In response to Garren Bought’s January 16th letter, “Hang Criminals”, I would like to ask him a few simple questions. Garren, have you ever read the book 1984? Are you familiar with the terms “police state” and “Gestapo”? No? How about “due process of law”? I didn’t think so.
This is not to say that I believe criminals should be dealt with lightly; quite the opposite. I agree that if a man acting of his own free will takes the life of another human being (except in cases of self_defense), he should pay with his life.
However, the rub is that society seldom, if ever, knows for certain whether a suspect is guilty of the crime of murder. There may be convincing circumstantial evidence, but this should not be confused with solid proof of guilt. Garren, what you propose, i.e. allowing illegally obtained evidence or confessions in court, would empower the police to harass, arrest, jail, or even frame, convict and execute people they view as undesirable. Think back to the Rodney King videotape. Do you really want to reaffirm the police’s ability to administer any punishment they deem fit upon a suspect? It strikes me as infantile that you question the fact that a “confession” may in reality have been beaten out of a suspect by overzealous police officers.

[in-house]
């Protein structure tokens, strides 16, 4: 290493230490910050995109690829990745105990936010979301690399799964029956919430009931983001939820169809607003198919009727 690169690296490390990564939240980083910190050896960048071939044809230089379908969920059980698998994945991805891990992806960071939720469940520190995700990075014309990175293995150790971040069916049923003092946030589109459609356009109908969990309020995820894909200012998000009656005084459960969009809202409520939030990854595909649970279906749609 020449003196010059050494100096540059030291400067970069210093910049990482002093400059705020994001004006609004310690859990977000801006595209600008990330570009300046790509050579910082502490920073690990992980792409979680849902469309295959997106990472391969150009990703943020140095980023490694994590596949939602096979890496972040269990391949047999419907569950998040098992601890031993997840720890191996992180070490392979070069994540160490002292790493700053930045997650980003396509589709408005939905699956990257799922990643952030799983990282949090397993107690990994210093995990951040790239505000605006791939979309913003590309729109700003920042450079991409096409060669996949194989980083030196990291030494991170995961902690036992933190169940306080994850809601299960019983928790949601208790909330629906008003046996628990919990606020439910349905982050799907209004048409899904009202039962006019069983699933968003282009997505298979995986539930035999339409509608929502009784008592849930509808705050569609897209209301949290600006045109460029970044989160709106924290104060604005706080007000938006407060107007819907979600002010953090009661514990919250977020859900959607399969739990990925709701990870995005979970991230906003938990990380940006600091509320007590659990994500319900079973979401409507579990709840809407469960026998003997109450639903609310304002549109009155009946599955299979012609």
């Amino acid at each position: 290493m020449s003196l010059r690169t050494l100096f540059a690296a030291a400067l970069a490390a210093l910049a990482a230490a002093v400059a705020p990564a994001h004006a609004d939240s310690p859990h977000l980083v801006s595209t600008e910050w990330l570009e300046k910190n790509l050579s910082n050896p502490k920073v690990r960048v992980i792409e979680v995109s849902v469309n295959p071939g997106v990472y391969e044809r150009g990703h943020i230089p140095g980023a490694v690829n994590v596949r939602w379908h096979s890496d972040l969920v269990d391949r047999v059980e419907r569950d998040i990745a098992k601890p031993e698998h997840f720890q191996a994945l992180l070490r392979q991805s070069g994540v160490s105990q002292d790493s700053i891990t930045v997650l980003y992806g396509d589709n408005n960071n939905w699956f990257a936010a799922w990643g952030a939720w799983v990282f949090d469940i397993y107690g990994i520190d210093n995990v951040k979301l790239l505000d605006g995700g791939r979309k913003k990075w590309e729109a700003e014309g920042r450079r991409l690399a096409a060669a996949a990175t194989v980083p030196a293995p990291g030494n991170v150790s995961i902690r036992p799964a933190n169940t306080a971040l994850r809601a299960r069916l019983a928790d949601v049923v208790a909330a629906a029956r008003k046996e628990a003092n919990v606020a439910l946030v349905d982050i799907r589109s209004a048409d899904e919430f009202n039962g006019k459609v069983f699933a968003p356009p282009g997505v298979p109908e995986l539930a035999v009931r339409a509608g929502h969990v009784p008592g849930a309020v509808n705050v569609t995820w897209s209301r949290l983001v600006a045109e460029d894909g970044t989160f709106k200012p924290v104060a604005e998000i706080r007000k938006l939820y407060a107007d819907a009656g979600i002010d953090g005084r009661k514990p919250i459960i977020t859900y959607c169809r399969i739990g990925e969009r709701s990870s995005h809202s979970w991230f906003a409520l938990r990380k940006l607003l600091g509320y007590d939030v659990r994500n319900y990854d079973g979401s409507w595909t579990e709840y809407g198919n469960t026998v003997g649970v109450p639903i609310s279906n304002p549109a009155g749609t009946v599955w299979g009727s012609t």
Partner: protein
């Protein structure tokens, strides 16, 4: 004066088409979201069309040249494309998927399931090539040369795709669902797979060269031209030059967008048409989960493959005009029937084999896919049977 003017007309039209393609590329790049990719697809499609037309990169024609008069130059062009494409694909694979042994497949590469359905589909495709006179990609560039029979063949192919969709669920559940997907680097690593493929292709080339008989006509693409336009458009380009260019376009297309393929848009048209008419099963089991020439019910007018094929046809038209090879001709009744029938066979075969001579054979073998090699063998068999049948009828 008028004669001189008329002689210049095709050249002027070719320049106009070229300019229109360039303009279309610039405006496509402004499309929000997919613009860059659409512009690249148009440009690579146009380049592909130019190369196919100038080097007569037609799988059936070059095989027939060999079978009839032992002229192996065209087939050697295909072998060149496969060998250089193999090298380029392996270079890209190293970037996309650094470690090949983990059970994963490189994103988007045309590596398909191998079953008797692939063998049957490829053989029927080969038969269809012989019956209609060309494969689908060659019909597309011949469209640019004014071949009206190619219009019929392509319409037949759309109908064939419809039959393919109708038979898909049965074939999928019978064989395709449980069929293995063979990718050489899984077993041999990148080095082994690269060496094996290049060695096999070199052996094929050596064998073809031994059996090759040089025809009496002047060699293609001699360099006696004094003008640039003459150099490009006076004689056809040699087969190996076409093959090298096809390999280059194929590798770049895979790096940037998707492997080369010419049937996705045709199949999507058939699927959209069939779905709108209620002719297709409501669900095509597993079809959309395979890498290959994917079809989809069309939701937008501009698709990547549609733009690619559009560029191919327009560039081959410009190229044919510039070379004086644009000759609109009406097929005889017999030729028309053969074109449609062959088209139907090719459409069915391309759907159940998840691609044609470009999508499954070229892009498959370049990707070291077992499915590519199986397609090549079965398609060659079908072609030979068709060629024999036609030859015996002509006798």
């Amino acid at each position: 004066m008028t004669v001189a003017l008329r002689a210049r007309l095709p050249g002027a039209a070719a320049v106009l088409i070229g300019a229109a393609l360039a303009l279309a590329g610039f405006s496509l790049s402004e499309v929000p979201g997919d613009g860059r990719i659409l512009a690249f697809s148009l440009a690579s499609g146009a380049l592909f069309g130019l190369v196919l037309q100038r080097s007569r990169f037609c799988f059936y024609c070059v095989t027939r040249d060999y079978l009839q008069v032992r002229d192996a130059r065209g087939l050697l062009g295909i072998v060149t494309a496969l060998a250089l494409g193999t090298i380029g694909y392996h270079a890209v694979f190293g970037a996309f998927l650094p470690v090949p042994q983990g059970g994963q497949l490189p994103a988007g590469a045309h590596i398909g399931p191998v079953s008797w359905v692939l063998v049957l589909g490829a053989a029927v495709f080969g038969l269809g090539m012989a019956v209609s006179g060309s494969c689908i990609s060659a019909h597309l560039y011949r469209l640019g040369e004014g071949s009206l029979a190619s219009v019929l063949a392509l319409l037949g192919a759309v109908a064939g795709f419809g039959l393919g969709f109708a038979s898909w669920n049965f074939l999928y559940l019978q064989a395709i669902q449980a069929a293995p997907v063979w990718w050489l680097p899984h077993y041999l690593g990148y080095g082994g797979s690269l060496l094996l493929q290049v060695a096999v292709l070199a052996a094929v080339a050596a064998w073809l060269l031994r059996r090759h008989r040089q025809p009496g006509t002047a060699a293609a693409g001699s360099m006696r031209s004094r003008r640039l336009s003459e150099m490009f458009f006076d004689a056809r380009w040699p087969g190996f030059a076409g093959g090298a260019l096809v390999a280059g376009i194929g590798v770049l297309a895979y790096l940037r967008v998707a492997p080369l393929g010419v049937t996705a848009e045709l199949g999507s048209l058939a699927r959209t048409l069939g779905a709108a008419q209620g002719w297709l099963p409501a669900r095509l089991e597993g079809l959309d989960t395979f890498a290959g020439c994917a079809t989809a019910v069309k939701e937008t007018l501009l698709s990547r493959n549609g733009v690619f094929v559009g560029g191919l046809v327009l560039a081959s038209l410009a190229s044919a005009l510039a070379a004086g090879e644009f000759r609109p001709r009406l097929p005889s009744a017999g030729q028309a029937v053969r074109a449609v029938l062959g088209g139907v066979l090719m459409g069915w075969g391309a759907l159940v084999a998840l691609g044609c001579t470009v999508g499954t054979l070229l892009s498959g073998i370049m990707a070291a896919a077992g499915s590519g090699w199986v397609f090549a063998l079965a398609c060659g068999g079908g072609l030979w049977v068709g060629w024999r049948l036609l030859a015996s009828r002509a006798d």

Garren, you seem to believe that once a person dons the uniform and badge of a police officer, he is undoubtedly your friend and could never do anything unethical.
In short, the procedural laws of our country are designed to protect the common citizen and keep the government from wielding too much power. To dispense with these laws would surely facilitate a great many more convictions, the end result being that we would no longer live in fear of criminals. We would live in fear of the police.